For most of the ’90s I did watch some TV as it was being broadcast, but even then my wife and I preferred to time-shift using a VCR, skipping commercials and seeing the things we were interested in at times when it was convenient for us.

This century, living here and caring for someone with Alzheimer’s, we had to be somewhat more careful about selecting shows that wouldn’t contribute to Martha Sr’s confusion and agitation. Meaning mostly stuff we rented or movies/series we liked well enough to buy on DVD. I would now and then flip on the cable and skip around a bit after we got Martha Sr. to bed, see if there was anything interesting, but for the most part I relied on friends recommending stuff. And besides, I was busy working on Communion of Dreams, or blogging here or there, or writing a newspaper column or whatever.

Now-a-days we don’t even have cable. There’s just no reason to pay for it. I’d much rather get my news and information online. So, basically, I have missed most every television show and special event in the last thirty years. There are vast swaths of cultural reference I only know by inference, television shows that “define” American values I’ve never seen. I don’t miss it.

And you know what? You are becoming like me, more and more all the time.

* * * * * * *

Via Cory Doctorow at BoingBoing, this very interesting piece by

Gin, Television, and Social Surplus

* * *

If I had to pick the critical technology for the 20th century, the bit of social lubricant without which the wheels would’ve come off the whole enterprise, I’d say it was the sitcom. Starting with the Second World War a whole series of things happened–rising GDP per capita, rising educational attainment, rising life expectancy and, critically, a rising number of people who were working five-day work weeks. For the first time, society forced onto an enormous number of its citizens the requirement to manage something they had never had to manage before–free time.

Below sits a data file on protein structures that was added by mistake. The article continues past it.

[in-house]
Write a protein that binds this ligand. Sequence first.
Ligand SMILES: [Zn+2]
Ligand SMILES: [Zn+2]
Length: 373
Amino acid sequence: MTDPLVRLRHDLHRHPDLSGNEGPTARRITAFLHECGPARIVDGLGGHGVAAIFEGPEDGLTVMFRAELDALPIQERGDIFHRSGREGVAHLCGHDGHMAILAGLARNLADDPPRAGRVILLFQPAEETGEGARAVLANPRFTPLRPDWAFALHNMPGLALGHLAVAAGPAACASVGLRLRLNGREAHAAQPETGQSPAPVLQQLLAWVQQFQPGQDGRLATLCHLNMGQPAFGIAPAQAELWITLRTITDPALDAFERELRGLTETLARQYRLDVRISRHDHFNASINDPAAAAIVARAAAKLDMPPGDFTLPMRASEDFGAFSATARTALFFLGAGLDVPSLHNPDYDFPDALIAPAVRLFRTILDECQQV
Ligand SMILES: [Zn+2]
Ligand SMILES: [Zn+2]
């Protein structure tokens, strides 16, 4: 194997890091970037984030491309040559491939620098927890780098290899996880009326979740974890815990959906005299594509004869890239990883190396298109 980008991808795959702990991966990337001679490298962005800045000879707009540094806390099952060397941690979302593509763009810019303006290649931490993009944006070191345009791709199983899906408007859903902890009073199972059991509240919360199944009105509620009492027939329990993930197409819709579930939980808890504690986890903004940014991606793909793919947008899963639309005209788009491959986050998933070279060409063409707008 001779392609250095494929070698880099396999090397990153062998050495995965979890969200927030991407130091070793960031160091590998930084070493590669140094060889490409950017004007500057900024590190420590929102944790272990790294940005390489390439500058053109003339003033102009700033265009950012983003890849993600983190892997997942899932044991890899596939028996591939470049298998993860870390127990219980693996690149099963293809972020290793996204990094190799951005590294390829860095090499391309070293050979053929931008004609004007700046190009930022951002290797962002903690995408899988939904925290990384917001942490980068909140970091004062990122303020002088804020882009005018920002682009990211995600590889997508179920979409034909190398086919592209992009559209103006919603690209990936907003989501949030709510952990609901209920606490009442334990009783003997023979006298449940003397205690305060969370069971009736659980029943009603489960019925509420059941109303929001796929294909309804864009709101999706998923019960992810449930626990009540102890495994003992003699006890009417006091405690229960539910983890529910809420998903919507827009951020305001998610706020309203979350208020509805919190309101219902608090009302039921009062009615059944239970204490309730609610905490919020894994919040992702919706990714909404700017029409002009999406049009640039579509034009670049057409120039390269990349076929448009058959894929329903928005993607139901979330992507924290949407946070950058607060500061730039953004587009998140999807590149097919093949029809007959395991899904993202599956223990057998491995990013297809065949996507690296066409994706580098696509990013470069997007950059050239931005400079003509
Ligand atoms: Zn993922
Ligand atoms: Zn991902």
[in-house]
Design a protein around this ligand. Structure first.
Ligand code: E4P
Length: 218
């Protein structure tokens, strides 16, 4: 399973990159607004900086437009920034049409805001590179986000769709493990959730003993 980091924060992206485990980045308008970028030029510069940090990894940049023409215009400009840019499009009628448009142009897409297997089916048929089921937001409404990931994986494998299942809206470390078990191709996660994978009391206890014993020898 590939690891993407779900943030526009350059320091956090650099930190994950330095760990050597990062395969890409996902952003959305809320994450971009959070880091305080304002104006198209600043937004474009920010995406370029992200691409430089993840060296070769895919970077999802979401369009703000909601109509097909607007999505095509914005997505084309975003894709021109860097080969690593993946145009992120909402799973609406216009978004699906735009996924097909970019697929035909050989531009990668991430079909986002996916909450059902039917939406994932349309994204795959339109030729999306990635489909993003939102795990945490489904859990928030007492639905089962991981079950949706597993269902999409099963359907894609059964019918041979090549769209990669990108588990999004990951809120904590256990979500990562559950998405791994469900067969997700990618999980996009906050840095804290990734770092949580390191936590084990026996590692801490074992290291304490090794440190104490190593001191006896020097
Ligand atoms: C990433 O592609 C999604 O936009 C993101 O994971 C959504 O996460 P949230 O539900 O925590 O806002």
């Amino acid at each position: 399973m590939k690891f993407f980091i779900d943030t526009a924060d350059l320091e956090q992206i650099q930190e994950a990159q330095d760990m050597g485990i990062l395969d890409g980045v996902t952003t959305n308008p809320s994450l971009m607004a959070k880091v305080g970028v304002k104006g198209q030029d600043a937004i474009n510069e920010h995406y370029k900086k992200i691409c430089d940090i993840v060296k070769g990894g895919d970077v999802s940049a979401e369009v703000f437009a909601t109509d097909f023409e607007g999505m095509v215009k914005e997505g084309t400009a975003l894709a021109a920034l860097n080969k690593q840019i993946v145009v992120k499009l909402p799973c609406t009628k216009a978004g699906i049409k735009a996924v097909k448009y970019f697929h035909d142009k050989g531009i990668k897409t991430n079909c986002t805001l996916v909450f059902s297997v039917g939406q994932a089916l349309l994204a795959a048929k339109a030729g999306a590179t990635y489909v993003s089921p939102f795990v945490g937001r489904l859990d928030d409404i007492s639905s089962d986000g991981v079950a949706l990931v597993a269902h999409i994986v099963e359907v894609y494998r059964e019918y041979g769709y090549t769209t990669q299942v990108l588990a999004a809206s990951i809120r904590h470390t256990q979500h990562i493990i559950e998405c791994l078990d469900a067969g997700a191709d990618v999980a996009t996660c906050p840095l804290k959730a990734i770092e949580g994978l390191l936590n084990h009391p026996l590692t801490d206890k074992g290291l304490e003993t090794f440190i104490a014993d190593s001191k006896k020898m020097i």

And what did we do with that free time? Well, mostly we spent it watching TV.

We did that for decades. We watched I Love Lucy. We watched Gilligan’s Island. We watch Malcolm in the Middle. We watch Desperate Housewives. Desperate Housewives essentially functioned as a kind of cognitive heat sink, dissipating thinking that might otherwise have built up and caused society to overheat.

And it’s only now, as we’re waking up from that collective bender, that we’re starting to see the cognitive surplus as an asset rather than as a crisis. We’re seeing things being designed to take advantage of that surplus, to deploy it in ways more engaging than just having a TV in everybody’s basement.

OK, I try and be very careful about “fair use” of other people’s work, limiting myself to just a couple of paragraphs from a given article or blog post in order to make a point. But while I say that you should go read his whole post, I’m going to use another passage from Shirky here:

Did you ever see that episode of Gilligan’s Island where they almost get off the island and then Gilligan messes up and then they don’t? I saw that one. I saw that one a lot when I was growing up. And every half-hour that I watched that was a half an hour I wasn’t posting at my blog or editing Wikipedia or contributing to a mailing list. Now I had an ironclad excuse for not doing those things, which is none of those things existed then. I was forced into the channel of media the way it was because it was the only option. Now it’s not, and that’s the big surprise. However lousy it is to sit in your basement and pretend to be an elf, I can tell you from personal experience it’s worse to sit in your basement and try to figure if Ginger or Mary Ann is cuter.

And I’m willing to raise that to a general principle. It’s better to do something than to do nothing. Even lolcats, even cute pictures of kittens made even cuter with the addition of cute captions, hold out an invitation to participation. When you see a lolcat, one of the things it says to the viewer is, “If you have some fancy sans-serif fonts on your computer, you can play this game, too.” And that message–I can do that, too–is a big change.

It is a huge change. It is the difference between passively standing/sitting by and watching, and doing the same thing yourself. Whether it is sports, or sex, or politics, or art – doing it yourself means making better use of the limited time you have in this life.

* * * * * * *

And now, the next component of my little puzzle this morning.

Via MeFi, this NYT essay about the explosion of authorship:

You’re an Author? Me Too!

It’s well established that Americans are reading fewer books than they used to. A recent report by the National Endowment for the Arts found that 53 percent of Americans surveyed hadn’t read a book in the previous year — a state of affairs that has prompted much soul-searching by anyone with an affection for (or business interest in) turning pages. But even as more people choose the phantasmagoria of the screen over the contemplative pleasures of the page, there’s a parallel phenomenon sweeping the country: collective graphomania.